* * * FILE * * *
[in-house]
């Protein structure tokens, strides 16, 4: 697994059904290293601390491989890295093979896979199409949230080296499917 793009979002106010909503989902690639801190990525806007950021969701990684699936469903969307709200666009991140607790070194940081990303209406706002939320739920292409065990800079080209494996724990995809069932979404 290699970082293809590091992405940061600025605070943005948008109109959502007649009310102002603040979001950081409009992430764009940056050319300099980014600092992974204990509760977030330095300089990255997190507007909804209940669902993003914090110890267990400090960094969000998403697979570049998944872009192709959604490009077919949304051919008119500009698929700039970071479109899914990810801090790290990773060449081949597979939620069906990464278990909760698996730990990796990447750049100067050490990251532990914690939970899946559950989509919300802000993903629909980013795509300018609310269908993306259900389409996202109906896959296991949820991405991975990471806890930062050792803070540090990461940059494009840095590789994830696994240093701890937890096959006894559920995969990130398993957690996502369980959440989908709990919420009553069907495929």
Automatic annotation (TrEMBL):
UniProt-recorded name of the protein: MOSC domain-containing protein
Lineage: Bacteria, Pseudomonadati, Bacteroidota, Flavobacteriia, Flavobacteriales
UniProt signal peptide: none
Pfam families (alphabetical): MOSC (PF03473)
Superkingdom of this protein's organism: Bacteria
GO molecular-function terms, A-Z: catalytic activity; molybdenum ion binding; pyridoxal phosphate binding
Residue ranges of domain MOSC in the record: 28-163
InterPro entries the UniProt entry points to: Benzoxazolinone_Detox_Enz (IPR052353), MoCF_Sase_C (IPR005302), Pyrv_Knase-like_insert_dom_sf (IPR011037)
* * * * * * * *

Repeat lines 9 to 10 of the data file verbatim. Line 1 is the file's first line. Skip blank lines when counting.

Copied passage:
GO molecular-function terms, A-Z: catalytic activity; molybdenum ion binding; pyridoxal phosphate binding
Residue ranges of domain MOSC in the record: 28-163